One wonders what this woman would do if the husband, seems like, defined the totality of their marriage in just sexual gratification terms? Are there no other connections other than sex?
A marriage, in many ways, is a coming together of two people who believe that they have the requisites to meet the every day demands and challenges that a family will have to deal.
The husband may be going through a stressful time dealing with the challenges of getting a job, et al, that is something he wants to do. Her selfishness about her needs denotes one who would not have a clue. This attitude would lead inexorably to the feeling that she does not really care about the man other that what he can provide sexually and to boost her opinion of herself.
Her letter just oozes selfishness. What little she seems to like to think she care about him, is for her own gratification. One of the first things I learned when I was a young single man was to keep what happened in the bedroom in the bedroom. This is even more true once you get married. It is amazing how quickly this stuff makes its way back to the people we would like not to know about it. This is talking behind the back of the person one supposedly loves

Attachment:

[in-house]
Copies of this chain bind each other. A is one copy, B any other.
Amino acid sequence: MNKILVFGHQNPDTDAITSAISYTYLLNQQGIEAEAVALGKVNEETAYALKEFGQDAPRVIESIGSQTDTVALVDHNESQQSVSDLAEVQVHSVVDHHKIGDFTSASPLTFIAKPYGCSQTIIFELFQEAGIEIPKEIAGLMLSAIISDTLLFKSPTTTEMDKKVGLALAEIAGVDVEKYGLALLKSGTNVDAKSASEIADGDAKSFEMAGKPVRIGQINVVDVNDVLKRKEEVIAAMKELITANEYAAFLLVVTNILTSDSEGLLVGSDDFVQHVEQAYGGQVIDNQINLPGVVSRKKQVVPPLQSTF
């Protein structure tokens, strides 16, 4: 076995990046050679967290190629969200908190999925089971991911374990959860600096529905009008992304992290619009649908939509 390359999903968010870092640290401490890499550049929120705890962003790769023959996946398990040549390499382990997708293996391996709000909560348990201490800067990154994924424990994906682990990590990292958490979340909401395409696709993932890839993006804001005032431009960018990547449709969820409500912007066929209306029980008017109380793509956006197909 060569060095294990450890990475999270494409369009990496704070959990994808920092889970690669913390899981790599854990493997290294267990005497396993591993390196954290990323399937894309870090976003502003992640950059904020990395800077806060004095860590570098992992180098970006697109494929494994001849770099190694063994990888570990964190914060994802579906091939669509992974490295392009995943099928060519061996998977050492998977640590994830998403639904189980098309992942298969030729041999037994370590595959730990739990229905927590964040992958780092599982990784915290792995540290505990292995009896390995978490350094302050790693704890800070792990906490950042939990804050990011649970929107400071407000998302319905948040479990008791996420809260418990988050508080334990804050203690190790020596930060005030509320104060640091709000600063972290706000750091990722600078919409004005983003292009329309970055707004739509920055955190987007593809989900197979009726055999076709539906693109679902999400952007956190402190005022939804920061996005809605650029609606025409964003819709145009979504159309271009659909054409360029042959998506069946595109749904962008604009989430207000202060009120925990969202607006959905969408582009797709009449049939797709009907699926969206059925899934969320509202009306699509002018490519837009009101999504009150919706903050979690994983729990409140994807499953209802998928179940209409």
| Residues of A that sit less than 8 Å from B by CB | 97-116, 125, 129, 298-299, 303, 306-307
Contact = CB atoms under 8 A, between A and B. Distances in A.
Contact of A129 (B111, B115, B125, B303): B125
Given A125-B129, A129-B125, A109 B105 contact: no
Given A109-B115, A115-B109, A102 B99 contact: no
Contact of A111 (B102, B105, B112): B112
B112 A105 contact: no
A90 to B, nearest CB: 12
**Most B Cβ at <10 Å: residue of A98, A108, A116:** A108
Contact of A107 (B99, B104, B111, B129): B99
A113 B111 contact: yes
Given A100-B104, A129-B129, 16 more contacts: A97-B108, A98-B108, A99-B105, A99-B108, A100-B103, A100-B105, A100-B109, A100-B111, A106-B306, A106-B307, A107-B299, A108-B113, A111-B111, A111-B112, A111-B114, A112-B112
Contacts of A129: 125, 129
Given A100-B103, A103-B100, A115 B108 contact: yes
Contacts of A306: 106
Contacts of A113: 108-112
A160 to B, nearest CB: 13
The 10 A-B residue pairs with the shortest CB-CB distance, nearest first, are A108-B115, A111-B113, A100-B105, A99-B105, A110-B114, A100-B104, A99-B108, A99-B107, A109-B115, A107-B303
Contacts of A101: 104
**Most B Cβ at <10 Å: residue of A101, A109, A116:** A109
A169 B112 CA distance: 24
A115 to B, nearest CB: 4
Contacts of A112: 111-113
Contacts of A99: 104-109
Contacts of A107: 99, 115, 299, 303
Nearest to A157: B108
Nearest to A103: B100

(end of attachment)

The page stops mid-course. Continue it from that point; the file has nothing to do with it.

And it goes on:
Not to make to fine a point here but a marriage, relationship, is far more that just sex. Sex cannot hold a marriage or relationship together especially since there is such ready availability of "sex."
One hopes that she will finally get past the Princess stage of selfishness, but give NYC and the feminist tilt towards its "all about me" I seriously doubt it.